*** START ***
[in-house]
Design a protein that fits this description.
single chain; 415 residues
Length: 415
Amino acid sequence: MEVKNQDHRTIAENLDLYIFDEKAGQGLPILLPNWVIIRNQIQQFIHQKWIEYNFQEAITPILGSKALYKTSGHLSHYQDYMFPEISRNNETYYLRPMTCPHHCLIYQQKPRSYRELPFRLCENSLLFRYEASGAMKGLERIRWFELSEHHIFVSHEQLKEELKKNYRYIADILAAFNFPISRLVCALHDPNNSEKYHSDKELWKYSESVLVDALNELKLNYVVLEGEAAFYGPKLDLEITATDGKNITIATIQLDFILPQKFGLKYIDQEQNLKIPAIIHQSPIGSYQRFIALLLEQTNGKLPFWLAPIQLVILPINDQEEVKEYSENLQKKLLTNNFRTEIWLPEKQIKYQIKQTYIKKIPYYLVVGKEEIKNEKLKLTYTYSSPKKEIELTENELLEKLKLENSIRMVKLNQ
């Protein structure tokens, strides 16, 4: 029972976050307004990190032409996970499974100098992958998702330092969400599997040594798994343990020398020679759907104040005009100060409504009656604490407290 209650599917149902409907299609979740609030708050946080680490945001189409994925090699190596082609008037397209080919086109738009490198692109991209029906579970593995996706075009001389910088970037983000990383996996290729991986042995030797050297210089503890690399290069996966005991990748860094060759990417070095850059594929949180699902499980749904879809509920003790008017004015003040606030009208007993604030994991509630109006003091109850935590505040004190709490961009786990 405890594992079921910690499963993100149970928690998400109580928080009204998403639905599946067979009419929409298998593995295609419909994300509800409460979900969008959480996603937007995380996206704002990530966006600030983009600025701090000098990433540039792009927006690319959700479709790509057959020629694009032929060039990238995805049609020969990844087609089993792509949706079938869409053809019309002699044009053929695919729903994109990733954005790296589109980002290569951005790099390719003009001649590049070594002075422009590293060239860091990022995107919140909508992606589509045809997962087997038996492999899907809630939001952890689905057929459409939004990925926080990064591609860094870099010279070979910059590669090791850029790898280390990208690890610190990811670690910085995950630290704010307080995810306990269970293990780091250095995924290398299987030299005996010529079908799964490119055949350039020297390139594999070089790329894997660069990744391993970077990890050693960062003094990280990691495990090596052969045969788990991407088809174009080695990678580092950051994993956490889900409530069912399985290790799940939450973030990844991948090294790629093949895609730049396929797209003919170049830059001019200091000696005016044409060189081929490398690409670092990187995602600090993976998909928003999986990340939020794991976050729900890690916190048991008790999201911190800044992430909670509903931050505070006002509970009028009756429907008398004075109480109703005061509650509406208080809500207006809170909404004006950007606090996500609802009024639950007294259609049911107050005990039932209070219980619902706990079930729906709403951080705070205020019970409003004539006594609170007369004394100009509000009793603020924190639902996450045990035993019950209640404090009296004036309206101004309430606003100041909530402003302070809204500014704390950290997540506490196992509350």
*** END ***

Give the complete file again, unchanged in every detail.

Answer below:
[in-house]
Design a protein that fits this description.
single chain; 415 residues
Length: 415
Amino acid sequence: MEVKNQDHRTIAENLDLYIFDEKAGQGLPILLPNWVIIRNQIQQFIHQKWIEYNFQEAITPILGSKALYKTSGHLSHYQDYMFPEISRNNETYYLRPMTCPHHCLIYQQKPRSYRELPFRLCENSLLFRYEASGAMKGLERIRWFELSEHHIFVSHEQLKEELKKNYRYIADILAAFNFPISRLVCALHDPNNSEKYHSDKELWKYSESVLVDALNELKLNYVVLEGEAAFYGPKLDLEITATDGKNITIATIQLDFILPQKFGLKYIDQEQNLKIPAIIHQSPIGSYQRFIALLLEQTNGKLPFWLAPIQLVILPINDQEEVKEYSENLQKKLLTNNFRTEIWLPEKQIKYQIKQTYIKKIPYYLVVGKEEIKNEKLKLTYTYSSPKKEIELTENELLEKLKLENSIRMVKLNQ
């Protein structure tokens, strides 16, 4: 029972976050307004990190032409996970499974100098992958998702330092969400599997040594798994343990020398020679759907104040005009100060409504009656604490407290 209650599917149902409907299609979740609030708050946080680490945001189409994925090699190596082609008037397209080919086109738009490198692109991209029906579970593995996706075009001389910088970037983000990383996996290729991986042995030797050297210089503890690399290069996966005991990748860094060759990417070095850059594929949180699902499980749904879809509920003790008017004015003040606030009208007993604030994991509630109006003091109850935590505040004190709490961009786990 405890594992079921910690499963993100149970928690998400109580928080009204998403639905599946067979009419929409298998593995295609419909994300509800409460979900969008959480996603937007995380996206704002990530966006600030983009600025701090000098990433540039792009927006690319959700479709790509057959020629694009032929060039990238995805049609020969990844087609089993792509949706079938869409053809019309002699044009053929695919729903994109990733954005790296589109980002290569951005790099390719003009001649590049070594002075422009590293060239860091990022995107919140909508992606589509045809997962087997038996492999899907809630939001952890689905057929459409939004990925926080990064591609860094870099010279070979910059590669090791850029790898280390990208690890610190990811670690910085995950630290704010307080995810306990269970293990780091250095995924290398299987030299005996010529079908799964490119055949350039020297390139594999070089790329894997660069990744391993970077990890050693960062003094990280990691495990090596052969045969788990991407088809174009080695990678580092950051994993956490889900409530069912399985290790799940939450973030990844991948090294790629093949895609730049396929797209003919170049830059001019200091000696005016044409060189081929490398690409670092990187995602600090993976998909928003999986990340939020794991976050729900890690916190048991008790999201911190800044992430909670509903931050505070006002509970009028009756429907008398004075109480109703005061509650509406208080809500207006809170909404004006950007606090996500609802009024639950007294259609049911107050005990039932209070219980619902706990079930729906709403951080705070205020019970409003004539006594609170007369004394100009509000009793603020924190639902996450045990035993019950209640404090009296004036309206101004309430606003100041909530402003302070809204500014704390950290997540506490196992509350």